Practical effect

There are certain key matters which are not addressed in the Regulations and which remain subject to separate determination by the UAE Cabinet. Such matters include:

  • the relevant market share thresholds for the definition of "dominant position" and for triggering Merger Approval requirements;
  • what constitutes a small and medium-sized enterprise (these enterprises are not caught by the Competition Law); and
  • what constitutes a "weak agreement" for the purposes of the restrictive agreements exception.

In the absence of this information, uncertainty remains.  For example, it is unclear whether parties can be said to have breached the Merger Approval regime when the relevant market share threshold trigger has not been specified.  Further, it is uncertain how the procedures referred to above will be implemented in practice while these issues remain open.    

M&A Transactions

Will the Regulations lead to competition approvals becoming conditions precedent?

In jurisdictions with actively enforced merger control regimes, obtaining competition approval is a fundamental step of many M&A transactions.  Typically the sale and purchase agreement (SPA) is signed and the obtaining of the competition approval is included as a condition precedent (CP) to completion.  The SPA will set out who is responsible for making filings, the obligations of each party in the approval process, and the like.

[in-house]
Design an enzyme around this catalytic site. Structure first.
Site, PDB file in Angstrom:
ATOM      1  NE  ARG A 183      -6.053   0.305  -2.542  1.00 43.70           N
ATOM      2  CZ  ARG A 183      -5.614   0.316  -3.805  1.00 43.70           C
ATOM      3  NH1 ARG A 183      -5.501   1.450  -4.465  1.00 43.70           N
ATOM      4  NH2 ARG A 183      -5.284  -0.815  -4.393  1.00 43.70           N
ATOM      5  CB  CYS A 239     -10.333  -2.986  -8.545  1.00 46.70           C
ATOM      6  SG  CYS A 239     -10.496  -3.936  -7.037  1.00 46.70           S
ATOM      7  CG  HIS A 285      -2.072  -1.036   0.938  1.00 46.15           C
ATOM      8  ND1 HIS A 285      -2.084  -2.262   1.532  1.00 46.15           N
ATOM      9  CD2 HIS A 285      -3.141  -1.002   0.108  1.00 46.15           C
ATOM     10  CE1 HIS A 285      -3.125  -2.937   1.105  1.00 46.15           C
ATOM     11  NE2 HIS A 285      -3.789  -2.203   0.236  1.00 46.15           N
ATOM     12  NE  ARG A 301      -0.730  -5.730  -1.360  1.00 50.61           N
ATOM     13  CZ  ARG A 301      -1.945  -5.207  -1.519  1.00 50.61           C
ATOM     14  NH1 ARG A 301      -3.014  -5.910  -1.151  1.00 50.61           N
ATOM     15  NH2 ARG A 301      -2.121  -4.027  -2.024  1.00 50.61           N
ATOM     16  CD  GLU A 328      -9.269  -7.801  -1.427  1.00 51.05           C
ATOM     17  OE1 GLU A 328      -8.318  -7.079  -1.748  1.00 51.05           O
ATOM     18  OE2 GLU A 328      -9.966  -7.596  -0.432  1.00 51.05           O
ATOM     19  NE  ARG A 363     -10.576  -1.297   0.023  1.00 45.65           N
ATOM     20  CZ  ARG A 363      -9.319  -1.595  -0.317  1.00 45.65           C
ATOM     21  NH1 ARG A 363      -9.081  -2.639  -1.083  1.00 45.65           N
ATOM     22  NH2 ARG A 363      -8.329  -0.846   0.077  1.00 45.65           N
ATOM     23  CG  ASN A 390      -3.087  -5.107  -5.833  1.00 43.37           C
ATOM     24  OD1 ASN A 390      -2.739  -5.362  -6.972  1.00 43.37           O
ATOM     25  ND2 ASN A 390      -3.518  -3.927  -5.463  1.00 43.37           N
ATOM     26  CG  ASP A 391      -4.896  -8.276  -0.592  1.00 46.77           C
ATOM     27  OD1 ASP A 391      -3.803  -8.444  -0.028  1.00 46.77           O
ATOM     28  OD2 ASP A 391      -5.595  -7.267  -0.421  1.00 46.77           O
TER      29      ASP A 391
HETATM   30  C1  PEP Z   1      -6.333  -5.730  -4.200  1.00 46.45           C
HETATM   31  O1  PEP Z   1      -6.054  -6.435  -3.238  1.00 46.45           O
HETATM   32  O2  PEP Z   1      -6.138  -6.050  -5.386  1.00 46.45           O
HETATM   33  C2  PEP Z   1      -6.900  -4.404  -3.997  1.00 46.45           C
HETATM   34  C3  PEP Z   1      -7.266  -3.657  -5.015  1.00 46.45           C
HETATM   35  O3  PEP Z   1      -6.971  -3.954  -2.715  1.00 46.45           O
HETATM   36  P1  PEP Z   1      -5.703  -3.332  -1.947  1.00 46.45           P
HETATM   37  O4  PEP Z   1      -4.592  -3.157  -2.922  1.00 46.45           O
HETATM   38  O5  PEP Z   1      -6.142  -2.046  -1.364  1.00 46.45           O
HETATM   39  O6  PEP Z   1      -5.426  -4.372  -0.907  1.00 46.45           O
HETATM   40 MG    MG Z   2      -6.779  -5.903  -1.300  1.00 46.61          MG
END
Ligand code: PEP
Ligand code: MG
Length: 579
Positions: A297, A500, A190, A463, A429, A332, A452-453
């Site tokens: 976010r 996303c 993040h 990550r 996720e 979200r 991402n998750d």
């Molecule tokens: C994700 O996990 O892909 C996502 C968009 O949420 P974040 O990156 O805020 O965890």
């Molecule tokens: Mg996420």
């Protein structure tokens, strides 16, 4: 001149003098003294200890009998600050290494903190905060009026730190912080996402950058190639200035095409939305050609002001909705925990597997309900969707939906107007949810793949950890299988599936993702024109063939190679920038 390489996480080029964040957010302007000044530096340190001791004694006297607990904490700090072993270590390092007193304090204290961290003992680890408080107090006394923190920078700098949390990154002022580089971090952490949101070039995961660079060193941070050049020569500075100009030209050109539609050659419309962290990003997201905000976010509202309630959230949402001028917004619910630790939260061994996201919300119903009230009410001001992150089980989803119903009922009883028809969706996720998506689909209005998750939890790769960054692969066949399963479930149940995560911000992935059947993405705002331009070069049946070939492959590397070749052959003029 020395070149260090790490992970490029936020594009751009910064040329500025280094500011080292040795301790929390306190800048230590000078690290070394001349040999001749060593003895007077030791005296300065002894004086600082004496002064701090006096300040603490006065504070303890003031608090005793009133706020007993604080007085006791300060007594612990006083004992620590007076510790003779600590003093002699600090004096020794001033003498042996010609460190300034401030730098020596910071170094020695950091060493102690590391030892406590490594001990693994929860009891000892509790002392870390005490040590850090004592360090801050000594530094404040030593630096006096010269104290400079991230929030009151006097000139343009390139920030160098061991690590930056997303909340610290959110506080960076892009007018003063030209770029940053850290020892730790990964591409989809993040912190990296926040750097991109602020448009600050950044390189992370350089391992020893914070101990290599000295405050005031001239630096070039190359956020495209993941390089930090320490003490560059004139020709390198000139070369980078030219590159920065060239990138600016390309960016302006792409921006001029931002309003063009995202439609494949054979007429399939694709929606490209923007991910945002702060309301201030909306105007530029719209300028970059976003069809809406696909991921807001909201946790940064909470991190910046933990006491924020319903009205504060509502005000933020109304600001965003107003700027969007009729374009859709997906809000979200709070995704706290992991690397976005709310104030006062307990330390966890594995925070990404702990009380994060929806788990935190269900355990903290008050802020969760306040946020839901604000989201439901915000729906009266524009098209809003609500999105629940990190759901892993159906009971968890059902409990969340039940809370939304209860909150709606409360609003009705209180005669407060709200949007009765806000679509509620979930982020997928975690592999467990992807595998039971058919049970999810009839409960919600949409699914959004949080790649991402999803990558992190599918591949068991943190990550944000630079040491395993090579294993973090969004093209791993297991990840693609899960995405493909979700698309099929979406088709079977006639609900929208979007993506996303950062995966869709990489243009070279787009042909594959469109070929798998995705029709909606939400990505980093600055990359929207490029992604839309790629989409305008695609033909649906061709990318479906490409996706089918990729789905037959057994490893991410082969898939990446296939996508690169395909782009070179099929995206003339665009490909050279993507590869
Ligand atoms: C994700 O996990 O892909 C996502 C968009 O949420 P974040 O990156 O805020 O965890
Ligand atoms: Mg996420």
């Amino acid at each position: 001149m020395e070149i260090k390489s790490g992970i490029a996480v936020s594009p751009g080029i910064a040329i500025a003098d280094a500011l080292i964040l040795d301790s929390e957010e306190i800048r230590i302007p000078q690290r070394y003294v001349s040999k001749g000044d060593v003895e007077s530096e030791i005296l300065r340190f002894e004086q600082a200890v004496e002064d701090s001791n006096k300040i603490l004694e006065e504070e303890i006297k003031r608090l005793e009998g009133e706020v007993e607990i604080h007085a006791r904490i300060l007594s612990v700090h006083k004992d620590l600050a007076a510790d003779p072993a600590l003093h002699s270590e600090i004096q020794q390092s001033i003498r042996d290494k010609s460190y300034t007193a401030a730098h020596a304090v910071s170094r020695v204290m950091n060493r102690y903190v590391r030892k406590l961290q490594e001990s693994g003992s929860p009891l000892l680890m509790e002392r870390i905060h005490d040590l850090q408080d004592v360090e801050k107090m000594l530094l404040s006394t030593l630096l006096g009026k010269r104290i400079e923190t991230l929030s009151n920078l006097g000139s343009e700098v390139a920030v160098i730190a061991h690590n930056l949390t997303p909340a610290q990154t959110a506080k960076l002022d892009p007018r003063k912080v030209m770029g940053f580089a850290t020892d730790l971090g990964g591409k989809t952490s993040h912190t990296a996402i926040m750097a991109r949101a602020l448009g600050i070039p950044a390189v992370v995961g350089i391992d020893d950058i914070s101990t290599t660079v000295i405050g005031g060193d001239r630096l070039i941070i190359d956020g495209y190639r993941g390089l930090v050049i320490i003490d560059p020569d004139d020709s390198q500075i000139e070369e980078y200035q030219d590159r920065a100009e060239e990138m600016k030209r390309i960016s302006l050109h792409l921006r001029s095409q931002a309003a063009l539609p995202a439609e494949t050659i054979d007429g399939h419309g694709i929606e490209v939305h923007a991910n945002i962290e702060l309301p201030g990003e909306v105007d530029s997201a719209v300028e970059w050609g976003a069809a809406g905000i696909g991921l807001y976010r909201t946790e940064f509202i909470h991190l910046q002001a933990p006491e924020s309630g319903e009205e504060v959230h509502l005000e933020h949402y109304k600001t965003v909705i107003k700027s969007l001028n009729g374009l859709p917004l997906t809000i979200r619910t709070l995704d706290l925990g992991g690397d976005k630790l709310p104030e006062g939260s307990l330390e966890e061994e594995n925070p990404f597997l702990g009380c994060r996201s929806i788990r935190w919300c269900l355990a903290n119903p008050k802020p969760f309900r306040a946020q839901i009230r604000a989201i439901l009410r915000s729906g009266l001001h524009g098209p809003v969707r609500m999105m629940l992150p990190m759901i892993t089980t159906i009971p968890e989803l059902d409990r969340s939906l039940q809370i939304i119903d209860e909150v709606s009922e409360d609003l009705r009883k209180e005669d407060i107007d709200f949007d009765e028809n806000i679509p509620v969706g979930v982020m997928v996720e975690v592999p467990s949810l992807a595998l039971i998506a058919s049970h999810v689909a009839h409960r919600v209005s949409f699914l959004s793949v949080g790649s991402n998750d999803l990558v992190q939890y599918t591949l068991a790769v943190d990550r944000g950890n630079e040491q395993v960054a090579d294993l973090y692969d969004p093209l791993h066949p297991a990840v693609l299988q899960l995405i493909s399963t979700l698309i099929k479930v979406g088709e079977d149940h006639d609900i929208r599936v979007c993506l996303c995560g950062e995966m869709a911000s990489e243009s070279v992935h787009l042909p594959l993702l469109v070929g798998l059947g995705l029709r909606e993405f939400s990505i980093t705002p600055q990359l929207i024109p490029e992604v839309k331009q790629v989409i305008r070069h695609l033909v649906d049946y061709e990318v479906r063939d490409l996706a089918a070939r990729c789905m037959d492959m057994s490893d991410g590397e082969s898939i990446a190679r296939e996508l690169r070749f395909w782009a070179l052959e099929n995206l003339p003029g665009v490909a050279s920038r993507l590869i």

Such CPs have not ordinarily been contained in UAE SPAs up to now due to the fact that it was not apparent from the Competition Law in what circumstances a notification had to be made, to whom a notification should be submitted and what information needed to be provided.  The Regulations now at least clarify who the notification should be made to, and the information required, but the thresholds for notification and some questions of form (i.e. hard copy or electronic) still have to be decided.  Following the issue of the Regulations each transaction will now need to be considered on a deal-by-deal basis.  In some instances it may be clearer than others that an acquisition will have a negative or adverse effect on competition (by, for example, creating or strengthening a dominant position) - in those circumstances the parties will need to investigate whether the Department will accept a notification and then assess whether a CP should be included, and if so what it should say, in light of the feedback received from the Department.  In other instances it may be clear that an acquisition will not have a negative or adverse effect on competition, in which case the parties may be more comfortable with not consulting with the Department and not including approval as a CP.

Submission of "draft contract or agreement"